TITANIC: As the Heart Goes On

In 1997, James Cameron’s Titanic steamed into theaters with a popular frenzy, and like every other tween I knew, I quickly became obsessed. Fake heart of the ocean diamonds, “My Heart Will Go On” on repeat, books and magazines read and reread, the famous pose mimicked at the middle of playground slides… We were all smitten with the romantic artist and his feisty redhead. Ah, the beauty of young love.

Then the years passed, and the blockbuster film slipped into the dark recesses as the odd date night DVD and the occasional television special once every five years. It’s been at least that long since I last viewed the film, and enticed by an upcoming Titanic exhibit and dining experience, I blew the dust off my DVD and again boarded in Southampton.

And oh how the years have changed me. Jack, save your “I’m a free spirit blowing in the wind” nonsense. Hockley, don’t be a douche. And Rose, get it together. I’d probably be frustrated, too, if I bought you a priceless diamond and all I got in return was a ten-cent drawing, or if you ruined my life’s work and multi-million-dollar excavation by dropping that necklace. In fact, the only one that seems to have any sense at all is that crazy Italian, who unfortunately gets smushed by a chimney. WHERE IS YOUR DECENCY, PEOPLE?

On a happier note, after Sven and Olaf lost their tickets to Leo, they apparently moved back to Arendelle and made another chilly, blockbuster film with a catchy soundtrack. And we can only guess Lovett recouped a tiny fraction of his losses through the ticket sales for the Titanic exhibit and dinner I attended in Cape Town. “Woman dropped the diamond, but here’s a nice teacup I found.” Sad day.

Profits and losses surrounding Titanic artifacts has been the subject of immense controversy for years. To some, Titanic is a hallowed memorial, to others a priceless research opportunity, to still others a chance to make bank. At present, all artifacts raised were projectiles flung from the ship during it’s violent descent. They were picked from the seabed and are now protected by various international laws, the product of over a decade of legal battles. From my understanding, everything that remained inside the ship is as it was on 14 April 1912– a sunken Pompeii hiding an eerie glimpse of cultural ancestry.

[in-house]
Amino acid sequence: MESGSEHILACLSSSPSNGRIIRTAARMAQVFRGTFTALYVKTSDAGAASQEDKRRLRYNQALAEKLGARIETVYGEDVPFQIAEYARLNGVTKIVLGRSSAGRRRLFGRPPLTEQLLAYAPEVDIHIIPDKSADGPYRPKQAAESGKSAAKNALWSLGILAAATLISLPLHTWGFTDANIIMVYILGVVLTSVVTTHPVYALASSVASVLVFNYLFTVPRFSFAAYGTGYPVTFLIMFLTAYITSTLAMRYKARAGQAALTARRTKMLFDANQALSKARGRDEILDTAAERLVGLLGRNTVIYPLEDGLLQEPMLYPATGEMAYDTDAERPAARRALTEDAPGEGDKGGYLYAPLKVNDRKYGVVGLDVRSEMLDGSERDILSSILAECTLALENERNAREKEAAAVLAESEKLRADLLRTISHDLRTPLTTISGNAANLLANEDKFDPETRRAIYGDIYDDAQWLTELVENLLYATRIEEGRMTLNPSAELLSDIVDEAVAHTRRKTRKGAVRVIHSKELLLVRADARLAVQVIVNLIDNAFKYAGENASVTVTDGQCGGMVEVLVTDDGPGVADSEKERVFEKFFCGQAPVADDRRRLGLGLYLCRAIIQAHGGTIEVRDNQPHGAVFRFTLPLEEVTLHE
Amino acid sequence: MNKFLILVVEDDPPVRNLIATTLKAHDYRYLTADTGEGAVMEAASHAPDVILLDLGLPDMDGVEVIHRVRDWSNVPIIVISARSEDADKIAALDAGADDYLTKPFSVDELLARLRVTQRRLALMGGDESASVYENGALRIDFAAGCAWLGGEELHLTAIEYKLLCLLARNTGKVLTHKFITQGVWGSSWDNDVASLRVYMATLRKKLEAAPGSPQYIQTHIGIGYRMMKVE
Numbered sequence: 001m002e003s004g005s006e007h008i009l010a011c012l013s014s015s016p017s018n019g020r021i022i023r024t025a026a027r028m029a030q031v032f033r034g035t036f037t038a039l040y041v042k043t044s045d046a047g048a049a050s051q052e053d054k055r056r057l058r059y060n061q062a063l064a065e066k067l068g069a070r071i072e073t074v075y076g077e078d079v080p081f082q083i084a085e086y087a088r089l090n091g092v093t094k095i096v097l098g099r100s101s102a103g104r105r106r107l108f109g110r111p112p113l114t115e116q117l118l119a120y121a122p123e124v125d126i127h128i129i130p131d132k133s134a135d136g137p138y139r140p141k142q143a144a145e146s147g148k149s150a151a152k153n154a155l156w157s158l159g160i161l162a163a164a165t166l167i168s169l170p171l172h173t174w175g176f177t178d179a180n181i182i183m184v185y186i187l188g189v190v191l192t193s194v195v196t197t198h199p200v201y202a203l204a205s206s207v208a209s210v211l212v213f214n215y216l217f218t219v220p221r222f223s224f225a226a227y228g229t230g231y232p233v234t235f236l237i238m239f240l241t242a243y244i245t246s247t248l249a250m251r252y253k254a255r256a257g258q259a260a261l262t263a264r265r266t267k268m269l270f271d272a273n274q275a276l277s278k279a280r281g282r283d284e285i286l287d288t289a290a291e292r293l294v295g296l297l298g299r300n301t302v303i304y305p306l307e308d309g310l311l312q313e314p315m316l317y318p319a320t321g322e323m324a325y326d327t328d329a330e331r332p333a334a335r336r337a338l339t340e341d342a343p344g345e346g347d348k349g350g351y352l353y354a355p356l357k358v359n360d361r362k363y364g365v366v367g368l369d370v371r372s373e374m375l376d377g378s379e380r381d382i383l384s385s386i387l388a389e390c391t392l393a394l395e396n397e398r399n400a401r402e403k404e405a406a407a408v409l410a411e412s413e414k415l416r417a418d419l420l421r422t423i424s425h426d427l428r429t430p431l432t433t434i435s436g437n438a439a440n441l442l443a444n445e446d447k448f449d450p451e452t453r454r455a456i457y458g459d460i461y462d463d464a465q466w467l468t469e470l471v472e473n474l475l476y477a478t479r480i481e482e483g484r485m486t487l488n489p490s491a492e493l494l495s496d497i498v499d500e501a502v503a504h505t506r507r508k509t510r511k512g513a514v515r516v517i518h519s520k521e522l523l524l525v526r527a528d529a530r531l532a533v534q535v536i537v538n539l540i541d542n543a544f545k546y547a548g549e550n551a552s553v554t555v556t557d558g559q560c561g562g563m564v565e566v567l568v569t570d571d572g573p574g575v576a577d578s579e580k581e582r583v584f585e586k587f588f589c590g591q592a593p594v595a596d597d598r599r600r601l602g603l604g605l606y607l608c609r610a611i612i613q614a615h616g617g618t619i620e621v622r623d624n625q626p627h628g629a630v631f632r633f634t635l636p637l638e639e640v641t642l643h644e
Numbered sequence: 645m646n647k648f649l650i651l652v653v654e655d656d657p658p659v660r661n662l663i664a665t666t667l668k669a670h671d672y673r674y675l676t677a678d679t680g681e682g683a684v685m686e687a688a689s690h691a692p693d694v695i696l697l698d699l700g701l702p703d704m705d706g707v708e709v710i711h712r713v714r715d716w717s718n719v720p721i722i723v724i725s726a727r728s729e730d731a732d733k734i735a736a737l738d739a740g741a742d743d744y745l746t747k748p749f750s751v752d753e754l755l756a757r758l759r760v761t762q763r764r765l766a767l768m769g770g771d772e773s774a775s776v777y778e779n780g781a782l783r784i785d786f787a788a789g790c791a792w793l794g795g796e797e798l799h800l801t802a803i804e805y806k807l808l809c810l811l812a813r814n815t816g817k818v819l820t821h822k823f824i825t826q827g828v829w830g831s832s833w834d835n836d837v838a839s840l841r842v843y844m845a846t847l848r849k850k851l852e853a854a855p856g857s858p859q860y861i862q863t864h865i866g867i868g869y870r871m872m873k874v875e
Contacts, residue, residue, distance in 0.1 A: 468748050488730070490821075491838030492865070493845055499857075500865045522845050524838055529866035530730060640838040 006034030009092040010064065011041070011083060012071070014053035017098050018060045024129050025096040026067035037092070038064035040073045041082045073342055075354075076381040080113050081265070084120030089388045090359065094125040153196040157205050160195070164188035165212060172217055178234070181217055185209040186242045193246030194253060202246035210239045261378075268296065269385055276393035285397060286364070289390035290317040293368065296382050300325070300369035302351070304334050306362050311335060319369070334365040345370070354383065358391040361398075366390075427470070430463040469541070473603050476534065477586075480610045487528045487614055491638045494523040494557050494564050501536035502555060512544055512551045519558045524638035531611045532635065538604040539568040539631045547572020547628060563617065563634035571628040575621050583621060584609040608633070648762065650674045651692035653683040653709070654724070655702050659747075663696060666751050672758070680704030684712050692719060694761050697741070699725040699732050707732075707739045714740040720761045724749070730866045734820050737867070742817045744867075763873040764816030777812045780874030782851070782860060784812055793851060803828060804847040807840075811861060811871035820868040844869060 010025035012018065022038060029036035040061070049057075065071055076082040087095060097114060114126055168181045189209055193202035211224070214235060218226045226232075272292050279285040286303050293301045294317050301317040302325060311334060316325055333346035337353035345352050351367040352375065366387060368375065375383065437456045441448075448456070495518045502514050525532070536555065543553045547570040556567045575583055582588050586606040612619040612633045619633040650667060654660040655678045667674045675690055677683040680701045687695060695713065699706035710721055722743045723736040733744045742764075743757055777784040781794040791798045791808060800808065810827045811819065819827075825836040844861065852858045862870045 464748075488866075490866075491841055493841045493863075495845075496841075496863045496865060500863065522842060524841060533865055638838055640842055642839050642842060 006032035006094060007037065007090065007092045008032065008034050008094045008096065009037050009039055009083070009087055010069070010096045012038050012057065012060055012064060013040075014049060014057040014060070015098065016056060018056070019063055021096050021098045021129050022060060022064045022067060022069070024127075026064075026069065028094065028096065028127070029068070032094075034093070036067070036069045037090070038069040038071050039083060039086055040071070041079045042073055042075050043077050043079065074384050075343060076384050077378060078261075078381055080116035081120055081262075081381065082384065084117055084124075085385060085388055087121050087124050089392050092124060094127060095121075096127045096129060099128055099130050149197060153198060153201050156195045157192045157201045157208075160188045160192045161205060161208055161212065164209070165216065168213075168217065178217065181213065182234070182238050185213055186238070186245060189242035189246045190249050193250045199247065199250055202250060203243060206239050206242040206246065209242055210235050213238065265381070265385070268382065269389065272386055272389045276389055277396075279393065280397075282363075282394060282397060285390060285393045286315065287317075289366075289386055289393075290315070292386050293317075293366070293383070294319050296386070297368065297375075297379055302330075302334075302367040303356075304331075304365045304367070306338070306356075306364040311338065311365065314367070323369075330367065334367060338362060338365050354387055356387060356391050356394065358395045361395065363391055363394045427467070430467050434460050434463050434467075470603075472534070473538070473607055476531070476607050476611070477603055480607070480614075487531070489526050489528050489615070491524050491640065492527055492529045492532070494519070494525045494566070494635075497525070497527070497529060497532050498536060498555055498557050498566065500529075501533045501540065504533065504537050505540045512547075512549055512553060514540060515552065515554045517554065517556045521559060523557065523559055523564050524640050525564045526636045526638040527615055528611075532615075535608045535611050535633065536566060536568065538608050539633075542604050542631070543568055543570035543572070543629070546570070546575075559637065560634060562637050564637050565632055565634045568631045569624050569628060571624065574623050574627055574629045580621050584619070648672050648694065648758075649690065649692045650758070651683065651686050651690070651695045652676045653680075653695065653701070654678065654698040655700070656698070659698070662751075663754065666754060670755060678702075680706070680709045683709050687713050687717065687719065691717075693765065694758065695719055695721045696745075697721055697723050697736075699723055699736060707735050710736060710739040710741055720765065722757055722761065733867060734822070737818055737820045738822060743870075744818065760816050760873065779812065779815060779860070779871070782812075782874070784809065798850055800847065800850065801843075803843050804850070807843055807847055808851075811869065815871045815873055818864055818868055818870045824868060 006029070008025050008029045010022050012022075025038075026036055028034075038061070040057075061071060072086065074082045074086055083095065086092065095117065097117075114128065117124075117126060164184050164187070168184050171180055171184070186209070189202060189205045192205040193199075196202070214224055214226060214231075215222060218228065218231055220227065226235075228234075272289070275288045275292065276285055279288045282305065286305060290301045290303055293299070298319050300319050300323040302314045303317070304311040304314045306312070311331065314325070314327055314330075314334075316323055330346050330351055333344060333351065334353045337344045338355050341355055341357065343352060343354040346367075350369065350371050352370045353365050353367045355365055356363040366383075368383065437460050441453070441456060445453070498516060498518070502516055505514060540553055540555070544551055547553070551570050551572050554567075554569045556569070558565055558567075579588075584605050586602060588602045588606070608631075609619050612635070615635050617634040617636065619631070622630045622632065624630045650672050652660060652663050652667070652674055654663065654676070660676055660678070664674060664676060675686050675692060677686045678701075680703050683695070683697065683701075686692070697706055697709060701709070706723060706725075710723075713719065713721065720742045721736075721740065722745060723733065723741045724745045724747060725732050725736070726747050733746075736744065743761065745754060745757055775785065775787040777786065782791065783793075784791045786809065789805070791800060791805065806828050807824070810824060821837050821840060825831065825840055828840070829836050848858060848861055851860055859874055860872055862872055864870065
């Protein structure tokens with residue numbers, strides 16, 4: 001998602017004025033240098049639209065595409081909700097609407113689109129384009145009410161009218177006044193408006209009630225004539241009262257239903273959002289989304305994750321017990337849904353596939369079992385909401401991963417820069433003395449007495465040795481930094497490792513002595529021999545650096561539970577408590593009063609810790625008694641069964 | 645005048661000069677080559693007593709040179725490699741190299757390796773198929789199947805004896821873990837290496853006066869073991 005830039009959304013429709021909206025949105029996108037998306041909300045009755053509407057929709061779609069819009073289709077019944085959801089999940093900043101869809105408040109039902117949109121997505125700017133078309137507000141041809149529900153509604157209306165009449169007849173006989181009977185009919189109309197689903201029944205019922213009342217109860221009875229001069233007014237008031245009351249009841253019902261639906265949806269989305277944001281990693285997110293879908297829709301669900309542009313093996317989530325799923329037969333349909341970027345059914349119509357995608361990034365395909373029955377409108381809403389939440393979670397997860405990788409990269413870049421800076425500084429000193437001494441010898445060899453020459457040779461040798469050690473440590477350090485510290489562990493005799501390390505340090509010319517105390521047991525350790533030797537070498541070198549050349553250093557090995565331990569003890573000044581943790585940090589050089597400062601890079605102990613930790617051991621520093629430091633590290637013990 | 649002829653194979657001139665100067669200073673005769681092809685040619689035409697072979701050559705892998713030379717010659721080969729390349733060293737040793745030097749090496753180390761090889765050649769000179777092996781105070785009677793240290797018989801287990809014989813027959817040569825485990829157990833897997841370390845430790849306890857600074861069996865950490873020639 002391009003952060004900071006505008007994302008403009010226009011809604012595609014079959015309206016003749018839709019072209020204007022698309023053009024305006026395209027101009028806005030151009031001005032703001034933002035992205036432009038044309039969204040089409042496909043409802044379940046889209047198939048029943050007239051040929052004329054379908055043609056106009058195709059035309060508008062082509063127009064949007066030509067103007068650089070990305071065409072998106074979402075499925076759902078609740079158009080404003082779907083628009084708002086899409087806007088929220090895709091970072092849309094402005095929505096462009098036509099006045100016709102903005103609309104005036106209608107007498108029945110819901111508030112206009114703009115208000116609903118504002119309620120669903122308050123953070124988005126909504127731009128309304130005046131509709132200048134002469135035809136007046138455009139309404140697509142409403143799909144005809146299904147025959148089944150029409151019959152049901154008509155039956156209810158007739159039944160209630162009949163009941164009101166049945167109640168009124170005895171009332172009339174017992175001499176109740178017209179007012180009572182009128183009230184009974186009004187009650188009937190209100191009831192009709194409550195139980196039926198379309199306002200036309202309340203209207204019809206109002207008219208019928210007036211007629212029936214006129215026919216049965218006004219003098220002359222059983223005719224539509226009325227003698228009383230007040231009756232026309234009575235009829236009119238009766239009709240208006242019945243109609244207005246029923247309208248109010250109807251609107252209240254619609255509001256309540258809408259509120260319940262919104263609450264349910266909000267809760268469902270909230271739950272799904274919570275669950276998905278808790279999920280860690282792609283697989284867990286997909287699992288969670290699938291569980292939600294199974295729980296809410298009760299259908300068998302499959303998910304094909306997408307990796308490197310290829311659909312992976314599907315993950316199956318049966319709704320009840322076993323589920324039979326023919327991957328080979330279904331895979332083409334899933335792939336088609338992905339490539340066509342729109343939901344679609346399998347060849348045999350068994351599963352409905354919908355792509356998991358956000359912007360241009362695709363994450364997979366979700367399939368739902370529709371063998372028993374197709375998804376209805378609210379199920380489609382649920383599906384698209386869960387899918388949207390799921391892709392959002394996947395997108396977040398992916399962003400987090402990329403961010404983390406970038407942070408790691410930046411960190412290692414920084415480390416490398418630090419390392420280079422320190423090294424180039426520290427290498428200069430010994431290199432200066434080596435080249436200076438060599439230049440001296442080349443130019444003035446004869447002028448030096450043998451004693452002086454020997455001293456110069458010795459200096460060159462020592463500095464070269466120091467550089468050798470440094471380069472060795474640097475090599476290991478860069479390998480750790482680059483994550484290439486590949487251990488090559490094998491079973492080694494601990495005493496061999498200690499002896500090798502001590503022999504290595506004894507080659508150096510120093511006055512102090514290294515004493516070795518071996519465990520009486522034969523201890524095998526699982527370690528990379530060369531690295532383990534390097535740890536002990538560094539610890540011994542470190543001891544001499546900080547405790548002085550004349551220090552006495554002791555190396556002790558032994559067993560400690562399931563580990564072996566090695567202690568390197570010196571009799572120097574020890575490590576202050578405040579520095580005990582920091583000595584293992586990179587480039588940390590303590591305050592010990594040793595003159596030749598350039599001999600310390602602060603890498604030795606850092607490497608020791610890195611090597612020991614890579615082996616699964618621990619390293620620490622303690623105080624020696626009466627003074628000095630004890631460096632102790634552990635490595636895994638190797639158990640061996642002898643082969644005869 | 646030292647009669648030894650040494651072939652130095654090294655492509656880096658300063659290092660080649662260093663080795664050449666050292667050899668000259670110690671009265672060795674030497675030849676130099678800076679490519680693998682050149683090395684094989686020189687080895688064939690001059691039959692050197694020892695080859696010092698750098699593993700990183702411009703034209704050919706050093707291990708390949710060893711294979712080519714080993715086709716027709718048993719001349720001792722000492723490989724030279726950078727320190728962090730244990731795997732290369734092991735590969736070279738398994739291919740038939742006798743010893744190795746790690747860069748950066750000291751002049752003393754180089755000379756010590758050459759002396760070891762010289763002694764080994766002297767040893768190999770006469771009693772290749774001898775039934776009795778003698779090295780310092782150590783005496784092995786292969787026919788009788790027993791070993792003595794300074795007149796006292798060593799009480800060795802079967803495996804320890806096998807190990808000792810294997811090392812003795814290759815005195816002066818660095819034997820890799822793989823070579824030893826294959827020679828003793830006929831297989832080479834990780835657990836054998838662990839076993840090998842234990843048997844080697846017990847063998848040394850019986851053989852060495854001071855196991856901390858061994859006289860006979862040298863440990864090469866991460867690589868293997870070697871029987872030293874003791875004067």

And it would be hard to deny the crew and passengers give life to the legend. At the exhibit, Mr. Omar was a Chinese fireman-sailor who survived by hiding away at the bottom of a collapsible lifeboat. I was traveling to America to join an order of nuns and of course died. There were people whose legacies reach into our time, like the founder of Macy’s and his wife who refused to be separated, and John Jacob Astor of the Waldorf Astoria Hotel (Astoria…how did I not catch that?).

There were stories that hinted at the terrible wars which followed, along with actions and oddities that give the disaster its intrigue. Why did no one heed the numerous ice warnings? How did the famous baker really ward off hypothermia? So many questions that may never have answers….So many stories told with copious amounts of dramatic flair by our tour guide. His detailed recount of the death of Andrews (it’s better to hear for yourself) was tear-jerking. The whole affair was enough to have some guests begging for a smoke break before dinner.

The question that had me guessing the most, however (along with what did people do when 7 million pieces of mail failed to be delivered), rang to the modern day.

It was this: Were any of the passengers cruising for the fun of it as we do now, or was the Titanic simply an older version of the jetliner, broken into classes most people consider exorbitant?

If its use did in fact mimic today’s air travel, I probably would have found myself in third class. And, like the soon-to-be nun Miss Hanora Hegarty of ticket 365226, I probably would have ended up dead. Sad thing to contemplate.